OPINION BY JESSIE SPANGLER
Daraprim is pill that is usually given to treat patients with acute malaria, toxoplasmosis (an infection caused by a parasite), HIV/AIDS and certain cancer patients. Its price has recently been changed from $13.50 per pill to an inflated $750 per pill.
Martin Shkreli, the CEO of Turing (the company that owns Daraprim), claims the sudden 5,000 percent increase is because the company will use the profit from the medication and funnel it into research in order to try and improve it.
But Daraprim is already an effective treatment. What it needs is to be made into a more affordable medication and not have patients pay thousands of dollars to contribute to Turing’s profit. Medication is expensive enough as it is, and Daraprim’s price hike is a prime example of what is wrong with our healthcare system. Treating patients who need Daraprim would cost thousands of dollars for clinics and insurance companies as well. All around, it was not a smart decision on Shkreli’s part.
The Pharmaceutical Research and Manufacturers of America, a trade group, tweeted “TuringPharma does not represent the values of @PhRMA member companies” in response to the anger caused by the sharp increase in Daraprim’s price.
The high price of the life-saving medication is unsustainable for the health care system, and many hospitals and pharmacies are no longer able to stock Daraprim. For the 2,000 Americans who rely on this drug every year, it’s causing a lot of trouble since the drug is now harder to access and even more difficult to avoid. Federal programs such as Medicaid and Medicare are struggling to find a way to pay for the drug, as are many private health insurance companies.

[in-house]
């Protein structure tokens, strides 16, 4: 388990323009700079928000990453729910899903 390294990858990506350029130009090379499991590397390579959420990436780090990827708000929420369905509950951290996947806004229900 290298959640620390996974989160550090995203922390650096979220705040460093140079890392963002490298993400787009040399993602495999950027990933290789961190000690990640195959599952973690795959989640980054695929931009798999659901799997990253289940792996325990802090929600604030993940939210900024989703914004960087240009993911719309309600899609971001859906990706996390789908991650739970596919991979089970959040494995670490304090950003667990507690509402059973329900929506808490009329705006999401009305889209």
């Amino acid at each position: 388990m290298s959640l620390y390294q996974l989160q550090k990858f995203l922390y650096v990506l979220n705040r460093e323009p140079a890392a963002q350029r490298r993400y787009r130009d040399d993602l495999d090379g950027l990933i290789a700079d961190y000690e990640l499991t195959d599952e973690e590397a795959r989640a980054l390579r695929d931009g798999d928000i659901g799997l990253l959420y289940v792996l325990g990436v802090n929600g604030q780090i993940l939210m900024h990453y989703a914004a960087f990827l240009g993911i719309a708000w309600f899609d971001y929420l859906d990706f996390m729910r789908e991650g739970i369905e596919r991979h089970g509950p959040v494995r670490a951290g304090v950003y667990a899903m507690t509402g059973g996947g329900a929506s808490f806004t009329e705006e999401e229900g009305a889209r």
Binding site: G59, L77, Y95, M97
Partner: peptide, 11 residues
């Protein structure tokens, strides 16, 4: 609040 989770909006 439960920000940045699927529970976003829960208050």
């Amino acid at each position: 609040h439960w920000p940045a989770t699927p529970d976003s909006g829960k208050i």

Daraprim is the only medication of its kind—there are no generic brands, which means any company can buy exclusive marketing rights and up the price as much as they want. It is basically being treated as if it is a new drug on the market, even though it has been around for 62 years. Turing is raising the price strictly for profit. While other medications have other generic brands that help lower prices and encourage competition, Daraprim has no other contenders.
Because of what happened to Daraprim, other companies will likely follow in Turing’s steps and increase the price of their drugs. The best thing we can do as consumers is become aware of the problem. We have to start paying attention to the cost of medication and ask ourselves if it’s fair or not. What happened to Daraprim’s price is definitely not fair—especially when it used to cost only a dollar a pill a few years ago.
In response to the criticism, Turing has said it will create special programs to donate the drug to those who can’t afford it and create special payment-assistance programs. Shkreli has also agreed to “lower the price of Daraprim to a price that is more affordable.”
If Turing doesn’t lower the price, they’re going to have to make a lot of donations.